A United States Coast Guard cutter
is any vessel operated by the United States Coast Guard
that is over 65 feet in length.
History of the USCG cutters
The Revenue Marine
and the Revenue Cutter Service
, as it was known variously throughout the late 18th and the 19th centuries, referred to its ships as cutters. The term is English in origin and refers to a specific type of vessel, namely, "a small, decked ship with one mast
, with a gaff mainsail
on a boom
, a square yard and topsail
, and two jibs
or a jib and a staysail
." (Peter Kemp, editor, The Oxford Companion to Ships & the Sea; London: Oxford University Press, 1976; pp. 221-222.) By general usage, that term came to define any vessel of Great Britain's Royal Customs Service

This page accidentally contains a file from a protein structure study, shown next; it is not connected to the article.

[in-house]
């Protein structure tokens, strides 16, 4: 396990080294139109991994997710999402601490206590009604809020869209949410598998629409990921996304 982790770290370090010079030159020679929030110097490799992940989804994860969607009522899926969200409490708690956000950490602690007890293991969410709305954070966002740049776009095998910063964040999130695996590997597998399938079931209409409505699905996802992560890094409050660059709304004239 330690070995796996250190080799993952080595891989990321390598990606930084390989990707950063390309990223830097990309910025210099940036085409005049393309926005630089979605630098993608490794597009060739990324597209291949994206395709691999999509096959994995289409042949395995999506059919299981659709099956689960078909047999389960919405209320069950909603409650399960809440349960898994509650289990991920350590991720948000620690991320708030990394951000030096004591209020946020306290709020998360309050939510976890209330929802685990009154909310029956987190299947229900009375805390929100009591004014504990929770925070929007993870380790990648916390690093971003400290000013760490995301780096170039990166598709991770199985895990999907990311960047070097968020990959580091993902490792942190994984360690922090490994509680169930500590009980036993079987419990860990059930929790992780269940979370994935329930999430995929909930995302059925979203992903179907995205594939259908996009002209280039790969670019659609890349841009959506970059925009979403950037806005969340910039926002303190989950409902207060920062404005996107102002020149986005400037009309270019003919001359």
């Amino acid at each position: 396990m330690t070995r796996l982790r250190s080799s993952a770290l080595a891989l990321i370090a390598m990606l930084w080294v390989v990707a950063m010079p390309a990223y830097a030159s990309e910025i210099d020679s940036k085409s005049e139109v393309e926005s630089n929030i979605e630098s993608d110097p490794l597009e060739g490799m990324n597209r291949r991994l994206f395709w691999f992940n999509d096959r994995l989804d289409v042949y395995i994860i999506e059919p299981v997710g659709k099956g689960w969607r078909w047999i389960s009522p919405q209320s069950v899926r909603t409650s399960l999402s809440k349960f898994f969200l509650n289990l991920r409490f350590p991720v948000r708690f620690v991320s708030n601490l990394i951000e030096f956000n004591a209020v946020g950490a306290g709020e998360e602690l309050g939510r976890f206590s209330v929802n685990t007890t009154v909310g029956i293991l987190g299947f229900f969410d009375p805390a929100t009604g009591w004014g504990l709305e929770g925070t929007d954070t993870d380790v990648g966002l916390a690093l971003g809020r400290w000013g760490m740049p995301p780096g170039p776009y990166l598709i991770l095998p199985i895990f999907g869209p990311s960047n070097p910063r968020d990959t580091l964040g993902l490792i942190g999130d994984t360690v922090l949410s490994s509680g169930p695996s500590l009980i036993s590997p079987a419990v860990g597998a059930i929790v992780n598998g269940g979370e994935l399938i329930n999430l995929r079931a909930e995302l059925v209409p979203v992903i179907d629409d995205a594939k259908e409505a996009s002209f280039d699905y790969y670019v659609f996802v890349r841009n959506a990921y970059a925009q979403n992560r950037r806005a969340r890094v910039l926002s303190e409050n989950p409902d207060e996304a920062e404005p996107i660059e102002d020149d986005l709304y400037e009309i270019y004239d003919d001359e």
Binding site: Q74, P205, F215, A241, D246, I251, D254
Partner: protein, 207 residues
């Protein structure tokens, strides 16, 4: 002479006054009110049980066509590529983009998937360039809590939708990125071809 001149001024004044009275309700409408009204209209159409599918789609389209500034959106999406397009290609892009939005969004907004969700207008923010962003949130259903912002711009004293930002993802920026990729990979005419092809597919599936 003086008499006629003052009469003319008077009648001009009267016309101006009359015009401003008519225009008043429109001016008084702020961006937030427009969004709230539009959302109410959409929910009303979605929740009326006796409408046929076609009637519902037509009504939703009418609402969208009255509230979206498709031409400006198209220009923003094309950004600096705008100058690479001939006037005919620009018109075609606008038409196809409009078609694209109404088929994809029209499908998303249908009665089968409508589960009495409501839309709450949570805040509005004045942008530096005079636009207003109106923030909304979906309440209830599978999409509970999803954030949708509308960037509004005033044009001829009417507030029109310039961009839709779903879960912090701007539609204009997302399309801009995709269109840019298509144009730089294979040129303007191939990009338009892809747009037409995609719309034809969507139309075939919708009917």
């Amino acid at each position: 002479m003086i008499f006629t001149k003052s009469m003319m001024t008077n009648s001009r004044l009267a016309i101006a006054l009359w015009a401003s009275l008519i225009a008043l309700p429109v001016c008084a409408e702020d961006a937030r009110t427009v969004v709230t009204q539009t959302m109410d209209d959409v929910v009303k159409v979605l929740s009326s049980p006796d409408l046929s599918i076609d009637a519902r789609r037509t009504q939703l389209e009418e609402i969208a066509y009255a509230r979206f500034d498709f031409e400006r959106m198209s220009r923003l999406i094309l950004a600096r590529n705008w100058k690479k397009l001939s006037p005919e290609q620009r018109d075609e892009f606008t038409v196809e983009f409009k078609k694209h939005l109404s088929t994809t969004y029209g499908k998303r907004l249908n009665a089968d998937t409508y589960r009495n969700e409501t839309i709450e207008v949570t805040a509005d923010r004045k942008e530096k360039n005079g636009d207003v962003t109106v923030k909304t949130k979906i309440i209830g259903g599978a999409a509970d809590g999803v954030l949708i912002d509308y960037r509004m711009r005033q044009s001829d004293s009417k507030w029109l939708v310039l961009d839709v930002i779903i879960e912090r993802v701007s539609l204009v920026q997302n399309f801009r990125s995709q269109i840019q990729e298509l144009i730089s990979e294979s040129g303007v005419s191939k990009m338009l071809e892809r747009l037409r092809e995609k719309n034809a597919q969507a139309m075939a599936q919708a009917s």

and the term was adopted by the U.S. Treasury Department
at the creation of what would become the Revenue Marine. Since that time, no matter what the vessel type, the service has referred to its vessels with permanently assigned crews as cutters.
The first ten cutters
In 1790, Congress authorized the Secretary of the Treasury, Alexander Hamilton, to create a maritime service to enforce customs laws (1 Stat. L. 145, 175; 4 August 1790). Alternately known as the system of cutters, Revenue Service, and Revenue-Marine this service would officially be named the Revenue Cutter Service (12 Stat. L., 639) in 1863. This service was placed under the control of the Treasury Department.
Current USCG cutter classes and types
Historic USCG cutter classes and types